Golfers practise their swing on the driving range in preparation for the finale. Image Credit: Oliver Clarke/Gulf News

Dubai: Current world number one Luke Donald has already won the plaudits ahead of this weekend's Dubai World Championship, five days before even confirming his status as the first golfer to claim both US PGA and European Tour Order of Merits in the same year.

Fellow golfers were in awe of the 33-year-old Englishman, who broke the world number one spot in May, as they spoke to press yesterday.

Having confirmed the PGA Tour money-list title with victory at the Disney Classic in October, Donald now only needs to see off a late challenge from Rory McIlroy at this weekend's Dubai World Championship in order to win Europe's Order of Merit.

McIlroy is ¤789,788.60 (Dh3,894,780) behind Donald in the Race to Dubai, with the winner of the Dubai World Championship due to pocket a neat ¤922,645. To prevent Donald from doing a historic double, McIlroy must win and hope that the man from Hemel Hempstead finishes outside the top nine. A tough ask given that he only finished outside top ten four times in the US PGA this season and three times on the Europe Tour. In total that's seven from 29 outings.

McIlroy said: "I think he's [Donald] always had a great short game, and he always holes the putts that he should. But I think one of the reasons he's played so well this year is his driving has improved a lot. His driving accuracy, he's never been longest off the tee, but he's starting to hit the ball in the fairway more, and set himself up. He's got such a great iron game, if he hits it in the fairway, he's going to have plenty of chances for birdies."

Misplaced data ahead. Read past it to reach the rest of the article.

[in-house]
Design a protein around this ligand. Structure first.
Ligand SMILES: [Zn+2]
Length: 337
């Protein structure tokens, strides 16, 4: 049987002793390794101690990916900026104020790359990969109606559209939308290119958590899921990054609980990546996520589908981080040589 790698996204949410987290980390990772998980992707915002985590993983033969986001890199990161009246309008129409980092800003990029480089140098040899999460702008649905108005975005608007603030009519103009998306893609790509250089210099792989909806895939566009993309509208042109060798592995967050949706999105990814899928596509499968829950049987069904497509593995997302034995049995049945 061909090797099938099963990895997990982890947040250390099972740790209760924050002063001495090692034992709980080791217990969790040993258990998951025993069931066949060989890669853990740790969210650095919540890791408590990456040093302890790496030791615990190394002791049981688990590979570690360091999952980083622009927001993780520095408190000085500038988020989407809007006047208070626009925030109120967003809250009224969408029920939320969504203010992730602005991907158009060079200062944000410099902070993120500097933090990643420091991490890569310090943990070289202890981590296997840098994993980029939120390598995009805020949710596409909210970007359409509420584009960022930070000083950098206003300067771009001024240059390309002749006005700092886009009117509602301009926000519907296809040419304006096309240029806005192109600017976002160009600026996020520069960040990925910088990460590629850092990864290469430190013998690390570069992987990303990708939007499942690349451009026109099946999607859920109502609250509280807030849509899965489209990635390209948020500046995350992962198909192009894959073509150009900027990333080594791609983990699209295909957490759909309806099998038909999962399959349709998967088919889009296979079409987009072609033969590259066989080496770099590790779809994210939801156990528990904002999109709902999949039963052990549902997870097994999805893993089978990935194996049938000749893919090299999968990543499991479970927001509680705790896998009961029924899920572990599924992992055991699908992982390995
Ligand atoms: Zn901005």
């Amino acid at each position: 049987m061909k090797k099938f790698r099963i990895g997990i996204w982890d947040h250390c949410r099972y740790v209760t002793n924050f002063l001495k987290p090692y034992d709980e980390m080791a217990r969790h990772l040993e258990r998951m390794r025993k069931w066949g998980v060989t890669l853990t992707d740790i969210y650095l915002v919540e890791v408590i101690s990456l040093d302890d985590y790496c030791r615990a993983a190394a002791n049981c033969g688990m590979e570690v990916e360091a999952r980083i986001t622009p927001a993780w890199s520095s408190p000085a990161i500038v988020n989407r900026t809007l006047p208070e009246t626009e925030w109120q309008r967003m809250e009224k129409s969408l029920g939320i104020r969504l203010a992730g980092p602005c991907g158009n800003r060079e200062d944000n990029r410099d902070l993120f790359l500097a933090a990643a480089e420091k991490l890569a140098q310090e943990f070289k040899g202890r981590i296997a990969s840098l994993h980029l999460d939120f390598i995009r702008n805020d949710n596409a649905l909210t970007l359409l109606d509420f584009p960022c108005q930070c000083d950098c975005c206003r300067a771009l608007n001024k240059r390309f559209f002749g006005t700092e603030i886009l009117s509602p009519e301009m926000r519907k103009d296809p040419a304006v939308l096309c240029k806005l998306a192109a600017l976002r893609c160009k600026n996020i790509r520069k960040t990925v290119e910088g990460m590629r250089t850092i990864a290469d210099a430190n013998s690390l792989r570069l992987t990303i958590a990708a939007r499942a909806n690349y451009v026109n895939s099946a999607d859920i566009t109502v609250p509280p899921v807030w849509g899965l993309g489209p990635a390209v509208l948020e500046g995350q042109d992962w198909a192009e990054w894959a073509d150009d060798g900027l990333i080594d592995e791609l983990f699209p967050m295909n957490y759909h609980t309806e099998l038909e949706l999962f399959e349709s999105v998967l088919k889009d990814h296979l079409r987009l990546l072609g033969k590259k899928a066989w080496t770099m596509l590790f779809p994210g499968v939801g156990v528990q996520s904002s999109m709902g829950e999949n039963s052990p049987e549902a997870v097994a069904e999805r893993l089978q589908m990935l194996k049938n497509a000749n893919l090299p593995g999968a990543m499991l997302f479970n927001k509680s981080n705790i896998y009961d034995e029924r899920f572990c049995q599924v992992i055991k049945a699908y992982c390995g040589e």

Lee Westwood said of the double merit feat: "We play so many co-sanctioned events now that there are events that count on both money lists; it's more possible now [to do the double] than it's ever been. Why he's likely to win both money lists, it's because of the consistency he's shown all year. He's had a very, very consistent year and deserves to be world number one at the end of it."

Germany's Martin Kaymer, who won last year's Race to Dubai, despite a late surge from Graeme McDowell, said: "I don't believe that Luke will have a bad week. The way he's played golf the last few months, I don't know whether he's ever finished outside the top ten. It will be very difficult for Rory, but I'm sure he will be aggressive and try to do everything to win, and then that puts a little bit of pressure on Luke for the weekend. The way he's played this year he deserves to be number one in the world and I hope for him that he will win here this week, because that is what he deserves."

Westwood added: "I think anybody who enjoys golf and enjoys watching golf likes to see the season-ending event go right to the wire. You don't want a foregone conclusion. It's nice to see two people battling it out where somebody could have a putt to win both Order of Merits."